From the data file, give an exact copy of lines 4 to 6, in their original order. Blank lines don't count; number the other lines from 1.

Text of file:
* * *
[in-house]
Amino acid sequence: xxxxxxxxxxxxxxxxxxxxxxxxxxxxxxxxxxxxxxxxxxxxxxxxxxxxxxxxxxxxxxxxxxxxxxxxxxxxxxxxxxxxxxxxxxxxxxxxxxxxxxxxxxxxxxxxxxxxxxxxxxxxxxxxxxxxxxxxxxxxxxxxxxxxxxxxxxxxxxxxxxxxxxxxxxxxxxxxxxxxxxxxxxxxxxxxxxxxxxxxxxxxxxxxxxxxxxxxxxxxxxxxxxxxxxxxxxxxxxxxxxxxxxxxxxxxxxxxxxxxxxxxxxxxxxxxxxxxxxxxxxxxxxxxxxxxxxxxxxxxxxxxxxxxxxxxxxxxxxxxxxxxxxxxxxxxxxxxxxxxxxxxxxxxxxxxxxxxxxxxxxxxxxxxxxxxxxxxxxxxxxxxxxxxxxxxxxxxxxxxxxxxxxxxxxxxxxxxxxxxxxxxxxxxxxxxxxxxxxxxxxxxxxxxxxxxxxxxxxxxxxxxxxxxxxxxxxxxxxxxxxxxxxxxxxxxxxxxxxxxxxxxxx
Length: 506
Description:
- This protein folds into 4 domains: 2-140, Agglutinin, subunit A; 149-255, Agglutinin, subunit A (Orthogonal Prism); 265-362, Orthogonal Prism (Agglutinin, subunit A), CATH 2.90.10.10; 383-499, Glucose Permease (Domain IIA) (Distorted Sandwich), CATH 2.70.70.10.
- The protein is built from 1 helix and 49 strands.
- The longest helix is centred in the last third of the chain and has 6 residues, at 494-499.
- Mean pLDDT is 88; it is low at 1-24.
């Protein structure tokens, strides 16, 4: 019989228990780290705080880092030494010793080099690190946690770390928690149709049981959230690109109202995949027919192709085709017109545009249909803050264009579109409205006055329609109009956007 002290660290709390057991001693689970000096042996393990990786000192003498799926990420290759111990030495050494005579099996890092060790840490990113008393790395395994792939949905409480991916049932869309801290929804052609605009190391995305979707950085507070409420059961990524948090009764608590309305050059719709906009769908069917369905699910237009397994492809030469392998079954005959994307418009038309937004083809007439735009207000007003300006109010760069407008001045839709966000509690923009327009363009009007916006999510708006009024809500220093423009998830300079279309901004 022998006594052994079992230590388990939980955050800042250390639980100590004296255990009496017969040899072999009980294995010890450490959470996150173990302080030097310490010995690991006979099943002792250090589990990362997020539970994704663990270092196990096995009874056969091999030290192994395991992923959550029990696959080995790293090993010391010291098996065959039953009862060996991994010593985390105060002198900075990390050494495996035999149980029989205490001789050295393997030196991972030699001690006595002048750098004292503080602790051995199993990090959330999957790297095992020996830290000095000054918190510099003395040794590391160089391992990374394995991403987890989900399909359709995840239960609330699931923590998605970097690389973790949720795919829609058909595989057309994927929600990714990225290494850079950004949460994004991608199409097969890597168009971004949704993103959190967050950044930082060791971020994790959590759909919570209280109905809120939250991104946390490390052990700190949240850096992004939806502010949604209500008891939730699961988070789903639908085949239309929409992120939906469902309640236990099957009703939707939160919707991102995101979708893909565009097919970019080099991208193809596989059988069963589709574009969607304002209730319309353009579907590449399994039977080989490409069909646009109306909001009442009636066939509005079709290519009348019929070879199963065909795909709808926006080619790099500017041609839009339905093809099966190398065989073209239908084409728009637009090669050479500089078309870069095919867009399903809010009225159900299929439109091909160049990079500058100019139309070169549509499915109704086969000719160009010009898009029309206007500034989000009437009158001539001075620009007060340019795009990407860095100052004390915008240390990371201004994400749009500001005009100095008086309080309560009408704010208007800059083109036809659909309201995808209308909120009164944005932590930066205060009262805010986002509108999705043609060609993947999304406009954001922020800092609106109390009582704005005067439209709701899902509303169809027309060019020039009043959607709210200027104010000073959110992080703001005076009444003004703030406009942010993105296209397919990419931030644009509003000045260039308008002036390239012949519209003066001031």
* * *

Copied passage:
Description:
- This protein folds into 4 domains: 2-140, Agglutinin, subunit A; 149-255, Agglutinin, subunit A (Orthogonal Prism); 265-362, Orthogonal Prism (Agglutinin, subunit A), CATH 2.90.10.10; 383-499, Glucose Permease (Domain IIA) (Distorted Sandwich), CATH 2.70.70.10.
- The protein is built from 1 helix and 49 strands.